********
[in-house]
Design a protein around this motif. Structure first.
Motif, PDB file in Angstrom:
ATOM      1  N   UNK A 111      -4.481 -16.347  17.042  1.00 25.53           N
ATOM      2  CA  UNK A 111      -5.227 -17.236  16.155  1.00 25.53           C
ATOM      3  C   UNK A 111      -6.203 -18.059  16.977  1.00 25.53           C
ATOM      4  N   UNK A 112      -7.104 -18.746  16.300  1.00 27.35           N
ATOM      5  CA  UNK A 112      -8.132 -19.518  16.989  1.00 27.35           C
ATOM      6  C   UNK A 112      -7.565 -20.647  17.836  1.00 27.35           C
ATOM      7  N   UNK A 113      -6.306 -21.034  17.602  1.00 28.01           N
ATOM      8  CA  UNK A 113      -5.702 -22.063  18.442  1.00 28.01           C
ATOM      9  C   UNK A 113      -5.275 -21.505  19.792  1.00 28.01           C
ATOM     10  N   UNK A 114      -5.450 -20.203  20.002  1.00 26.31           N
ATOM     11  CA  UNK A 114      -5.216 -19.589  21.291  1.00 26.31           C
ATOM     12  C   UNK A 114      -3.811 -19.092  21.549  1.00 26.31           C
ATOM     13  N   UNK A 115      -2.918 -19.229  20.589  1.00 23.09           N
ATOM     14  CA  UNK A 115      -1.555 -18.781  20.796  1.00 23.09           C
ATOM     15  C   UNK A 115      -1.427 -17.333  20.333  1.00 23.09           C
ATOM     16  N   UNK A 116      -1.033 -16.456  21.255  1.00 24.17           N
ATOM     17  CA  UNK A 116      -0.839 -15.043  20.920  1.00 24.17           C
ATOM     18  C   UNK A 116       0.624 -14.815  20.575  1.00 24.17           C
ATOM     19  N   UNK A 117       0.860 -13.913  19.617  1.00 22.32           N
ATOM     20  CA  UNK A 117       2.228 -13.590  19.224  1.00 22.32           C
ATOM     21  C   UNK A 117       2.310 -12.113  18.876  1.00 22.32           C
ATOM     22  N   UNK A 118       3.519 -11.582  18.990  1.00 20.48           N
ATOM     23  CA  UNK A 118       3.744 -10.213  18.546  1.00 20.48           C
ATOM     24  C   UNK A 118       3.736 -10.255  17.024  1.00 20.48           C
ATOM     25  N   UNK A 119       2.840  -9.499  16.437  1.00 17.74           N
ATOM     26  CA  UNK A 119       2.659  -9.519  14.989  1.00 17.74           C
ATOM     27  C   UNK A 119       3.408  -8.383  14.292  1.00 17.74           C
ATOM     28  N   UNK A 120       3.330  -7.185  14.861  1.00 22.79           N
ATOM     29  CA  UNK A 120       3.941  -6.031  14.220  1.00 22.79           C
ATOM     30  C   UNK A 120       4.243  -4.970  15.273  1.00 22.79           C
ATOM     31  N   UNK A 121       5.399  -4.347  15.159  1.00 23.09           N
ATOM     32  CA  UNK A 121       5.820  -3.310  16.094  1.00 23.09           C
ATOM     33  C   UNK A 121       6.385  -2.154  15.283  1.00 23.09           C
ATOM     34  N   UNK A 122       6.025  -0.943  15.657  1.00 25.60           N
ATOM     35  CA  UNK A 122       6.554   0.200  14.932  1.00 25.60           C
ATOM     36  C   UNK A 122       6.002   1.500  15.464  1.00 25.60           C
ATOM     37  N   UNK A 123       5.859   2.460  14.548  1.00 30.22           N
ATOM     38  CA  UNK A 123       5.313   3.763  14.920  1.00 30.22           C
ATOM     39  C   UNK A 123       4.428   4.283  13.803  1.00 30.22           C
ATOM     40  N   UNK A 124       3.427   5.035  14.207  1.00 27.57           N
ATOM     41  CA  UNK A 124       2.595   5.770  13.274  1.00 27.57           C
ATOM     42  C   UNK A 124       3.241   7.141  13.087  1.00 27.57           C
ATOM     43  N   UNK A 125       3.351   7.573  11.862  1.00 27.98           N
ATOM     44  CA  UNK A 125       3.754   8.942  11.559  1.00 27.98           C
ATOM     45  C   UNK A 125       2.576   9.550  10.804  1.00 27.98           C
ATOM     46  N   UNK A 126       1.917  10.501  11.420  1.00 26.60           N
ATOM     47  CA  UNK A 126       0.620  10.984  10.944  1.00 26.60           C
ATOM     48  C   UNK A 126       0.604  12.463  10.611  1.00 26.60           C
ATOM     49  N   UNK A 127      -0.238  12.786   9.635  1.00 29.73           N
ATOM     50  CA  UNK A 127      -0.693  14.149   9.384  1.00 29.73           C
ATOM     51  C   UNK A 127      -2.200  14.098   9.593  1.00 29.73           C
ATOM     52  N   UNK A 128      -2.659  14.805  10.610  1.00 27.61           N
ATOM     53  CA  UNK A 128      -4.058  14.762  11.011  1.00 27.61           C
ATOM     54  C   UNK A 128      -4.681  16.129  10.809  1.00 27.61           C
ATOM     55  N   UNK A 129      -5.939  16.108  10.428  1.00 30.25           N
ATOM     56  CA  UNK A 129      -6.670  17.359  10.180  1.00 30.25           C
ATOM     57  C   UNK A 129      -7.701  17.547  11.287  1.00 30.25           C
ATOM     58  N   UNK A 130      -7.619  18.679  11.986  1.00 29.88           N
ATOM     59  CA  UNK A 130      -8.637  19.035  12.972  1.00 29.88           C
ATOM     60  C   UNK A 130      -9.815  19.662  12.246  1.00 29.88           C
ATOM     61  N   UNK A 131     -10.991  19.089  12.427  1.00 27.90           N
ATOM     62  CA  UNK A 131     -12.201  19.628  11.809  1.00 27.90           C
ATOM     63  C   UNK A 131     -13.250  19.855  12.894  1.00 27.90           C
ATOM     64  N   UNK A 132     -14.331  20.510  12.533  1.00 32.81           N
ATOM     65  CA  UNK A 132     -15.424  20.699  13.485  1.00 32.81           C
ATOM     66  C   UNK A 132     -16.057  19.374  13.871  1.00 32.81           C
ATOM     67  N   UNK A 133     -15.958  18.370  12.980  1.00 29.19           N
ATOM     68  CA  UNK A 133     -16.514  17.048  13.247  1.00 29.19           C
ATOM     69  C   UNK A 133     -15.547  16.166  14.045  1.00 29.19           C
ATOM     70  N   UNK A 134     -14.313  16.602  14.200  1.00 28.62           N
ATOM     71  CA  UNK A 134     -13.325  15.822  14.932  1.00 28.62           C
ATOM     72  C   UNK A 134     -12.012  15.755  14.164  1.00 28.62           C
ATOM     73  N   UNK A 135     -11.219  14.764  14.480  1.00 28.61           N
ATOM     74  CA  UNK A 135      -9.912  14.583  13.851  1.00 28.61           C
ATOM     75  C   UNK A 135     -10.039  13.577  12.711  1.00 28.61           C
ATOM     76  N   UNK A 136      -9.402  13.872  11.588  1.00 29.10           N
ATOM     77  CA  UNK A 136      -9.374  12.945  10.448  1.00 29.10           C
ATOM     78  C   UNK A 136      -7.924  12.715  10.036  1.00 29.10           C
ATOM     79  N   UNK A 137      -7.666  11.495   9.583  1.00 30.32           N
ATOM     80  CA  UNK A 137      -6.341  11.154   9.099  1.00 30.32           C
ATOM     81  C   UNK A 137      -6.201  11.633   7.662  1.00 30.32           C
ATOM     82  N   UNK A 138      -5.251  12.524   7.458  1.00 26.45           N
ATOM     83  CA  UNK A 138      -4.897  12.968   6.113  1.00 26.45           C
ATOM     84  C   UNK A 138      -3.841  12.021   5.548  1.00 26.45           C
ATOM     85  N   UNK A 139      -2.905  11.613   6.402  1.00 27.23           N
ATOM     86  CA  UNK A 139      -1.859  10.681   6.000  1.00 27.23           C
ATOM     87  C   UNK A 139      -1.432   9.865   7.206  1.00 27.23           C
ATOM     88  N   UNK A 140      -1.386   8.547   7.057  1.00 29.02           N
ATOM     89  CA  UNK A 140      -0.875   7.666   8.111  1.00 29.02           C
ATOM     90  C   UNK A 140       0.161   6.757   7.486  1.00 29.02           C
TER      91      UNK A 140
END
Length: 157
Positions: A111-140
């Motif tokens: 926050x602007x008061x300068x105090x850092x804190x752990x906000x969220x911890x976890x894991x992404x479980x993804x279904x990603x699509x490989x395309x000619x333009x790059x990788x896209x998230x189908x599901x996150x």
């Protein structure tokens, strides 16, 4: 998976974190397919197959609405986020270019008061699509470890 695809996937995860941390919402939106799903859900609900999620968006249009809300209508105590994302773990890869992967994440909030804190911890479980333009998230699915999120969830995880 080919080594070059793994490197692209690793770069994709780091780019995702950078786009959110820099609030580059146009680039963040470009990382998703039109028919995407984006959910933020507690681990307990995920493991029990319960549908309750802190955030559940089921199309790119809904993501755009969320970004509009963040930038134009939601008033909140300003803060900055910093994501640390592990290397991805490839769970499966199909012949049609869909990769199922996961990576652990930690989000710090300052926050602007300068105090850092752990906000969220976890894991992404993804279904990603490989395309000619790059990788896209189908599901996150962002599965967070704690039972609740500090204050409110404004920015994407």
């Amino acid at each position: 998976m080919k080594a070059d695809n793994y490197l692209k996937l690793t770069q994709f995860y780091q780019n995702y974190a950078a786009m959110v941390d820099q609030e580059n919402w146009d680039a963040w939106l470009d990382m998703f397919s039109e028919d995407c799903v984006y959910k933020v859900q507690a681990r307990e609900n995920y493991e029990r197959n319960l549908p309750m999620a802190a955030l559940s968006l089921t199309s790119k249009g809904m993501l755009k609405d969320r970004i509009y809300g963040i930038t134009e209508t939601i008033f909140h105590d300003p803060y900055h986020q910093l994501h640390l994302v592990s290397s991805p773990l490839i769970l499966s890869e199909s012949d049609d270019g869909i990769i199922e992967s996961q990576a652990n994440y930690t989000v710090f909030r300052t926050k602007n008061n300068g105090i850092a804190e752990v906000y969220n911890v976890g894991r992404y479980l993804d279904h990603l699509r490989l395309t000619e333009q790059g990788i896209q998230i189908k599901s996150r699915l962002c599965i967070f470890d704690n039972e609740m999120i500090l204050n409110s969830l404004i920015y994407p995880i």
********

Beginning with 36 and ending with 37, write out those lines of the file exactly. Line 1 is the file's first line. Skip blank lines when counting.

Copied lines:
ATOM     33  C   UNK A 121       6.385  -2.154  15.283  1.00 23.09           C
ATOM     34  N   UNK A 122       6.025  -0.943  15.657  1.00 25.60           N